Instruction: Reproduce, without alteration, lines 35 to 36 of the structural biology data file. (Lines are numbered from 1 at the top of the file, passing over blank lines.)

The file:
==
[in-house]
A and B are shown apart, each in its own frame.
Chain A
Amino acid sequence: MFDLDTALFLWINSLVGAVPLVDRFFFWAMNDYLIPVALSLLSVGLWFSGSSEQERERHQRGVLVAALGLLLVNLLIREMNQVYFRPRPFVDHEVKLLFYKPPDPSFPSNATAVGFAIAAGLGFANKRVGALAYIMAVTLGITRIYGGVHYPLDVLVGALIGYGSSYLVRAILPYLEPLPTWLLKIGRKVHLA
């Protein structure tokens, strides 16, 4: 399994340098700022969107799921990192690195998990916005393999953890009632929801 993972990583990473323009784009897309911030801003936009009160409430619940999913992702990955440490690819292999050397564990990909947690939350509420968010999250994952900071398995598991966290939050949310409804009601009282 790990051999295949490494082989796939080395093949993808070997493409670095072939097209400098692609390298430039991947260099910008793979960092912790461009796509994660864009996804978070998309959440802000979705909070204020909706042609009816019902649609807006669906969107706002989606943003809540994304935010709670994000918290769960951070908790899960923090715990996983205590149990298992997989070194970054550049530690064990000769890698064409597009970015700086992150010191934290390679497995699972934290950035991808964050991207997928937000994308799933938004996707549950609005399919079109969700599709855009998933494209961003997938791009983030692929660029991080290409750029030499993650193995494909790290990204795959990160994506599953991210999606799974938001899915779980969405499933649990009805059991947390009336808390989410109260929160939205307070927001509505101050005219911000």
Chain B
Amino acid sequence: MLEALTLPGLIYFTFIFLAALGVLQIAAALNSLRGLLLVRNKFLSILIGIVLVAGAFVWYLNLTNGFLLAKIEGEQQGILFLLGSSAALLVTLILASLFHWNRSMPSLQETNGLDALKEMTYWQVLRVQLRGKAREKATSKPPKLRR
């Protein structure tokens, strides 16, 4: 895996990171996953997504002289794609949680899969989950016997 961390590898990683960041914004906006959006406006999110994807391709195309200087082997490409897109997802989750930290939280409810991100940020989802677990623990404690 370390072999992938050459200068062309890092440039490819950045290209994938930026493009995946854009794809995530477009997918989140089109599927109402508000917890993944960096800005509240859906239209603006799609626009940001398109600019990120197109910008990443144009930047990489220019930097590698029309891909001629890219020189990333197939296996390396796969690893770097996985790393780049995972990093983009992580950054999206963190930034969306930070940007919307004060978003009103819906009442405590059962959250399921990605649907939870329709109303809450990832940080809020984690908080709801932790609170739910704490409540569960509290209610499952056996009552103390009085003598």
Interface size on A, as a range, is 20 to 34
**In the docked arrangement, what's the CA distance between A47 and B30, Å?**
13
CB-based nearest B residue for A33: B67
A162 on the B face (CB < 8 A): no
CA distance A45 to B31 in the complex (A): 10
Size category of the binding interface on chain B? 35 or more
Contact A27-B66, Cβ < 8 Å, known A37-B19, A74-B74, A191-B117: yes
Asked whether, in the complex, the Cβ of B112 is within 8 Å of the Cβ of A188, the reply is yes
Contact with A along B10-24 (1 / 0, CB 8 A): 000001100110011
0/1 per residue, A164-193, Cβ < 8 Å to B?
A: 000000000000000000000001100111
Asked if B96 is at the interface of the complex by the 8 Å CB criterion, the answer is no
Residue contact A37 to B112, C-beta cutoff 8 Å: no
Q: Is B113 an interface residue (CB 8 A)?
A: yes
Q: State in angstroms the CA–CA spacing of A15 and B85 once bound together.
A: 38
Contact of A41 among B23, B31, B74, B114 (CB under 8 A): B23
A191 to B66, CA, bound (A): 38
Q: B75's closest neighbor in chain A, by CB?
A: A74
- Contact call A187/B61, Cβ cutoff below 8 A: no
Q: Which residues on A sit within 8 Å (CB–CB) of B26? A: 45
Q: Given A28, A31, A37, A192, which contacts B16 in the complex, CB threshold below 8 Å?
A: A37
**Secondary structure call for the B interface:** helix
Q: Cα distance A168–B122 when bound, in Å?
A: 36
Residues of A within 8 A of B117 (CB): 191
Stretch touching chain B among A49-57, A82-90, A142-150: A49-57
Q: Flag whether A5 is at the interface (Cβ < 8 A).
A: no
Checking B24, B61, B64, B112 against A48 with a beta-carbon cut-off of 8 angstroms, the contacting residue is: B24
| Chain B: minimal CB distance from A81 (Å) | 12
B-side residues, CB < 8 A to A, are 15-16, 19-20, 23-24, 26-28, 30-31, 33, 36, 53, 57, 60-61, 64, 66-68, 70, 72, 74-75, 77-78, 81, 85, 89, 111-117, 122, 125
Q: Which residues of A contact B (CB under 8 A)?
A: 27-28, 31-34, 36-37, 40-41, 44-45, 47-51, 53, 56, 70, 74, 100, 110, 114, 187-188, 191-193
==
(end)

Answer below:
**Secondary structure call for the B interface:** helix
Q: Cα distance A168–B122 when bound, in Å?